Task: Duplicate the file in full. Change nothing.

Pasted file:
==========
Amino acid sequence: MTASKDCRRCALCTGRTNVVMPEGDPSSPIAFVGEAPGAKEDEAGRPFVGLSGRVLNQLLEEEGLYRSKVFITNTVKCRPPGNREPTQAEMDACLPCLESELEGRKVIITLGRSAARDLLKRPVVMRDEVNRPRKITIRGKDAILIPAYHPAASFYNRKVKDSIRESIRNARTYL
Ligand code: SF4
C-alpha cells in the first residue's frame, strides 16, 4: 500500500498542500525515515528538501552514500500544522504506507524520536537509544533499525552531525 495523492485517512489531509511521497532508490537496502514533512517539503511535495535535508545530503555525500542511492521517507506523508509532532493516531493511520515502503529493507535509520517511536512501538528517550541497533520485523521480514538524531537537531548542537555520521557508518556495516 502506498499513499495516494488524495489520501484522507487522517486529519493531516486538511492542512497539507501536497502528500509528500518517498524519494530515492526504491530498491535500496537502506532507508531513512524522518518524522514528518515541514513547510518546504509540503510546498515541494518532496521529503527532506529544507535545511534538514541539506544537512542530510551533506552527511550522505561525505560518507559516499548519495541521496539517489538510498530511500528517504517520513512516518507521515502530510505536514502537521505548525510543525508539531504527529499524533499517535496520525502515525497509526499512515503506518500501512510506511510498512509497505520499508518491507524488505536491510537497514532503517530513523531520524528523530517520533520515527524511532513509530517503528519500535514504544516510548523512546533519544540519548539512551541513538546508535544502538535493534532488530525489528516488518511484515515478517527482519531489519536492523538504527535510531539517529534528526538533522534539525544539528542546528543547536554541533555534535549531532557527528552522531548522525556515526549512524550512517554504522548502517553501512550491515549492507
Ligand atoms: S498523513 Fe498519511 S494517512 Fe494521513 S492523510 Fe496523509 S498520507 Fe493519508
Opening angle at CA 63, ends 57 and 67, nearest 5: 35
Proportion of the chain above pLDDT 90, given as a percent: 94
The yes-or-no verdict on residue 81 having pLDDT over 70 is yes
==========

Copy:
Amino acid sequence: MTASKDCRRCALCTGRTNVVMPEGDPSSPIAFVGEAPGAKEDEAGRPFVGLSGRVLNQLLEEEGLYRSKVFITNTVKCRPPGNREPTQAEMDACLPCLESELEGRKVIITLGRSAARDLLKRPVVMRDEVNRPRKITIRGKDAILIPAYHPAASFYNRKVKDSIRESIRNARTYL
Ligand code: SF4
C-alpha cells in the first residue's frame, strides 16, 4: 500500500498542500525515515528538501552514500500544522504506507524520536537509544533499525552531525 495523492485517512489531509511521497532508490537496502514533512517539503511535495535535508545530503555525500542511492521517507506523508509532532493516531493511520515502503529493507535509520517511536512501538528517550541497533520485523521480514538524531537537531548542537555520521557508518556495516 502506498499513499495516494488524495489520501484522507487522517486529519493531516486538511492542512497539507501536497502528500509528500518517498524519494530515492526504491530498491535500496537502506532507508531513512524522518518524522514528518515541514513547510518546504509540503510546498515541494518532496521529503527532506529544507535545511534538514541539506544537512542530510551533506552527511550522505561525505560518507559516499548519495541521496539517489538510498530511500528517504517520513512516518507521515502530510505536514502537521505548525510543525508539531504527529499524533499517535496520525502515525497509526499512515503506518500501512510506511510498512509497505520499508518491507524488505536491510537497514532503517530513523531520524528523530517520533520515527524511532513509530517503528519500535514504544516510548523512546533519544540519548539512551541513538546508535544502538535493534532488530525489528516488518511484515515478517527482519531489519536492523538504527535510531539517529534528526538533522534539525544539528542546528543547536554541533555534535549531532557527528552522531548522525556515526549512524550512517554504522548502517553501512550491515549492507
Ligand atoms: S498523513 Fe498519511 S494517512 Fe494521513 S492523510 Fe496523509 S498520507 Fe493519508
Opening angle at CA 63, ends 57 and 67, nearest 5: 35
Proportion of the chain above pLDDT 90, given as a percent: 94
The yes-or-no verdict on residue 81 having pLDDT over 70 is yes